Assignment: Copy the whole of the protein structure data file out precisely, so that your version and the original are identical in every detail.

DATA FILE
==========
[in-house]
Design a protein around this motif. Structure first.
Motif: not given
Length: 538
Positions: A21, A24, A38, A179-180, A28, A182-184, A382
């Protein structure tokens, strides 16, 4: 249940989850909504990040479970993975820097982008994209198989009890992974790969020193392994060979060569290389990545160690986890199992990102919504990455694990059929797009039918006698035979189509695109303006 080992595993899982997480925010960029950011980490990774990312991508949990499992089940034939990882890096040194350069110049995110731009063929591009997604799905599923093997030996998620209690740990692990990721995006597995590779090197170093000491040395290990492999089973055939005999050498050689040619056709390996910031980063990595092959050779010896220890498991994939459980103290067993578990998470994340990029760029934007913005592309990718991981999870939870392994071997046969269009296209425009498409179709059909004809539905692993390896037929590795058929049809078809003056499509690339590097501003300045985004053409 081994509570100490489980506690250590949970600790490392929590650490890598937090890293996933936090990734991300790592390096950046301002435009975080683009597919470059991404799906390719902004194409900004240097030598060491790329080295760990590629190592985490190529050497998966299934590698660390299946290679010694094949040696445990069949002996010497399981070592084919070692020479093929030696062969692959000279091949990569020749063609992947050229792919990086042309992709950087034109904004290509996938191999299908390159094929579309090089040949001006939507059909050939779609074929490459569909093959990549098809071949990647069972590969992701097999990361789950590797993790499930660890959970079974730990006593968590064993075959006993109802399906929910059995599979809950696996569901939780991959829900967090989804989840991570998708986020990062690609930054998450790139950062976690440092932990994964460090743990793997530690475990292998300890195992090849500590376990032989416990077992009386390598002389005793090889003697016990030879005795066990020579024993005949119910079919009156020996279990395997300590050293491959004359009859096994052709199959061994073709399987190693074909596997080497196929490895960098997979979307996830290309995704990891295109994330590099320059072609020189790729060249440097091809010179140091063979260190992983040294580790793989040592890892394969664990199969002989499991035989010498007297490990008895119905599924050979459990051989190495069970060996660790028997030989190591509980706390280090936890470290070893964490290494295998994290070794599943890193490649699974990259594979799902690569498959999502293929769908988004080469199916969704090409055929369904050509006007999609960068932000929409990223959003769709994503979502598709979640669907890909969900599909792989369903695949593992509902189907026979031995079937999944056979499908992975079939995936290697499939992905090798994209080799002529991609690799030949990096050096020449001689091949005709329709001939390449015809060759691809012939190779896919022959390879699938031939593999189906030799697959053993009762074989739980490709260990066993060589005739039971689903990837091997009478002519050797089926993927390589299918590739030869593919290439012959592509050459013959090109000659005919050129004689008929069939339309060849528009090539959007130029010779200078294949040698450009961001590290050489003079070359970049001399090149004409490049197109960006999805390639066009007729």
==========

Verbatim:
[in-house]
Design a protein around this motif. Structure first.
Motif: not given
Length: 538
Positions: A21, A24, A38, A179-180, A28, A182-184, A382
């Protein structure tokens, strides 16, 4: 249940989850909504990040479970993975820097982008994209198989009890992974790969020193392994060979060569290389990545160690986890199992990102919504990455694990059929797009039918006698035979189509695109303006 080992595993899982997480925010960029950011980490990774990312991508949990499992089940034939990882890096040194350069110049995110731009063929591009997604799905599923093997030996998620209690740990692990990721995006597995590779090197170093000491040395290990492999089973055939005999050498050689040619056709390996910031980063990595092959050779010896220890498991994939459980103290067993578990998470994340990029760029934007913005592309990718991981999870939870392994071997046969269009296209425009498409179709059909004809539905692993390896037929590795058929049809078809003056499509690339590097501003300045985004053409 081994509570100490489980506690250590949970600790490392929590650490890598937090890293996933936090990734991300790592390096950046301002435009975080683009597919470059991404799906390719902004194409900004240097030598060491790329080295760990590629190592985490190529050497998966299934590698660390299946290679010694094949040696445990069949002996010497399981070592084919070692020479093929030696062969692959000279091949990569020749063609992947050229792919990086042309992709950087034109904004290509996938191999299908390159094929579309090089040949001006939507059909050939779609074929490459569909093959990549098809071949990647069972590969992701097999990361789950590797993790499930660890959970079974730990006593968590064993075959006993109802399906929910059995599979809950696996569901939780991959829900967090989804989840991570998708986020990062690609930054998450790139950062976690440092932990994964460090743990793997530690475990292998300890195992090849500590376990032989416990077992009386390598002389005793090889003697016990030879005795066990020579024993005949119910079919009156020996279990395997300590050293491959004359009859096994052709199959061994073709399987190693074909596997080497196929490895960098997979979307996830290309995704990891295109994330590099320059072609020189790729060249440097091809010179140091063979260190992983040294580790793989040592890892394969664990199969002989499991035989010498007297490990008895119905599924050979459990051989190495069970060996660790028997030989190591509980706390280090936890470290070893964490290494295998994290070794599943890193490649699974990259594979799902690569498959999502293929769908988004080469199916969704090409055929369904050509006007999609960068932000929409990223959003769709994503979502598709979640669907890909969900599909792989369903695949593992509902189907026979031995079937999944056979499908992975079939995936290697499939992905090798994209080799002529991609690799030949990096050096020449001689091949005709329709001939390449015809060759691809012939190779896919022959390879699938031939593999189906030799697959053993009762074989739980490709260990066993060589005739039971689903990837091997009478002519050797089926993927390589299918590739030869593919290439012959592509050459013959090109000659005919050129004689008929069939339309060849528009090539959007130029010779200078294949040698450009961001590290050489003079070359970049001399090149004409490049197109960006999805390639066009007729």